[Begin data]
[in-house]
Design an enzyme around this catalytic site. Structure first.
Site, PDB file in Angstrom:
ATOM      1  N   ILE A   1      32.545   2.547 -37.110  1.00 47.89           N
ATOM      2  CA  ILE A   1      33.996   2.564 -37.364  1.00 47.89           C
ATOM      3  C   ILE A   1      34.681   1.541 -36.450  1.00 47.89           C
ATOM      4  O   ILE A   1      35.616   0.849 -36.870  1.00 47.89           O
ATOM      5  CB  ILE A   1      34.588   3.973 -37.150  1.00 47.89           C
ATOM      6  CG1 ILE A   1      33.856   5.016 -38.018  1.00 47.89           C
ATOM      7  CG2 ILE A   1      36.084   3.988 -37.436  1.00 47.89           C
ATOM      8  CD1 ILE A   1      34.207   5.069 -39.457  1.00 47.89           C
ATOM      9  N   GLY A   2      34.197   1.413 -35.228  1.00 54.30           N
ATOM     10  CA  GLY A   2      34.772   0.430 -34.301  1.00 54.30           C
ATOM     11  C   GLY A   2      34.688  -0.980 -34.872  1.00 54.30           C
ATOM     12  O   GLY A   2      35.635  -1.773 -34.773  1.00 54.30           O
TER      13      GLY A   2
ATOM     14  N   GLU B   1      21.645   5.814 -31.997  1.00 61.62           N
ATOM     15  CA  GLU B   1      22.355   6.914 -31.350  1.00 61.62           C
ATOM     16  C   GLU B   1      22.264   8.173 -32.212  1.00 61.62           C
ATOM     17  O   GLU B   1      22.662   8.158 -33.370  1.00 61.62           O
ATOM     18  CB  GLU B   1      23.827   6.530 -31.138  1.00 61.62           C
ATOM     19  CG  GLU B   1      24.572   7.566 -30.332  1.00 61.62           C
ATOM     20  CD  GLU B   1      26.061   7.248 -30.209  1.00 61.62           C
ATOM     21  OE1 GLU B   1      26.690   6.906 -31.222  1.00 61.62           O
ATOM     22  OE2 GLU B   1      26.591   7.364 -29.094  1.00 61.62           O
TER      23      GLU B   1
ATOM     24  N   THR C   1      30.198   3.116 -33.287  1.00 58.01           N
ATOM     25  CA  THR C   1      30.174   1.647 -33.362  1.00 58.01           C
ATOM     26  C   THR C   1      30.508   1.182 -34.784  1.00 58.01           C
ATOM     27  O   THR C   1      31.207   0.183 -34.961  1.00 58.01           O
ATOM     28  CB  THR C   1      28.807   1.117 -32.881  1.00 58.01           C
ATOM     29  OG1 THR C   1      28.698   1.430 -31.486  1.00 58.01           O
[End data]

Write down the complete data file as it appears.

[in-house]
Design an enzyme around this catalytic site. Structure first.
Site, PDB file in Angstrom:
ATOM      1  N   ILE A   1      32.545   2.547 -37.110  1.00 47.89           N
ATOM      2  CA  ILE A   1      33.996   2.564 -37.364  1.00 47.89           C
ATOM      3  C   ILE A   1      34.681   1.541 -36.450  1.00 47.89           C
ATOM      4  O   ILE A   1      35.616   0.849 -36.870  1.00 47.89           O
ATOM      5  CB  ILE A   1      34.588   3.973 -37.150  1.00 47.89           C
ATOM      6  CG1 ILE A   1      33.856   5.016 -38.018  1.00 47.89           C
ATOM      7  CG2 ILE A   1      36.084   3.988 -37.436  1.00 47.89           C
ATOM      8  CD1 ILE A   1      34.207   5.069 -39.457  1.00 47.89           C
ATOM      9  N   GLY A   2      34.197   1.413 -35.228  1.00 54.30           N
ATOM     10  CA  GLY A   2      34.772   0.430 -34.301  1.00 54.30           C
ATOM     11  C   GLY A   2      34.688  -0.980 -34.872  1.00 54.30           C
ATOM     12  O   GLY A   2      35.635  -1.773 -34.773  1.00 54.30           O
TER      13      GLY A   2
ATOM     14  N   GLU B   1      21.645   5.814 -31.997  1.00 61.62           N
ATOM     15  CA  GLU B   1      22.355   6.914 -31.350  1.00 61.62           C
ATOM     16  C   GLU B   1      22.264   8.173 -32.212  1.00 61.62           C
ATOM     17  O   GLU B   1      22.662   8.158 -33.370  1.00 61.62           O
ATOM     18  CB  GLU B   1      23.827   6.530 -31.138  1.00 61.62           C
ATOM     19  CG  GLU B   1      24.572   7.566 -30.332  1.00 61.62           C
ATOM     20  CD  GLU B   1      26.061   7.248 -30.209  1.00 61.62           C
ATOM     21  OE1 GLU B   1      26.690   6.906 -31.222  1.00 61.62           O
ATOM     22  OE2 GLU B   1      26.591   7.364 -29.094  1.00 61.62           O
TER      23      GLU B   1
ATOM     24  N   THR C   1      30.198   3.116 -33.287  1.00 58.01           N
ATOM     25  CA  THR C   1      30.174   1.647 -33.362  1.00 58.01           C
ATOM     26  C   THR C   1      30.508   1.182 -34.784  1.00 58.01           C
ATOM     27  O   THR C   1      31.207   0.183 -34.961  1.00 58.01           O
ATOM     28  CB  THR C   1      28.807   1.117 -32.881  1.00 58.01           C
ATOM     29  OG1 THR C   1      28.698   1.430 -31.486  1.00 58.01           O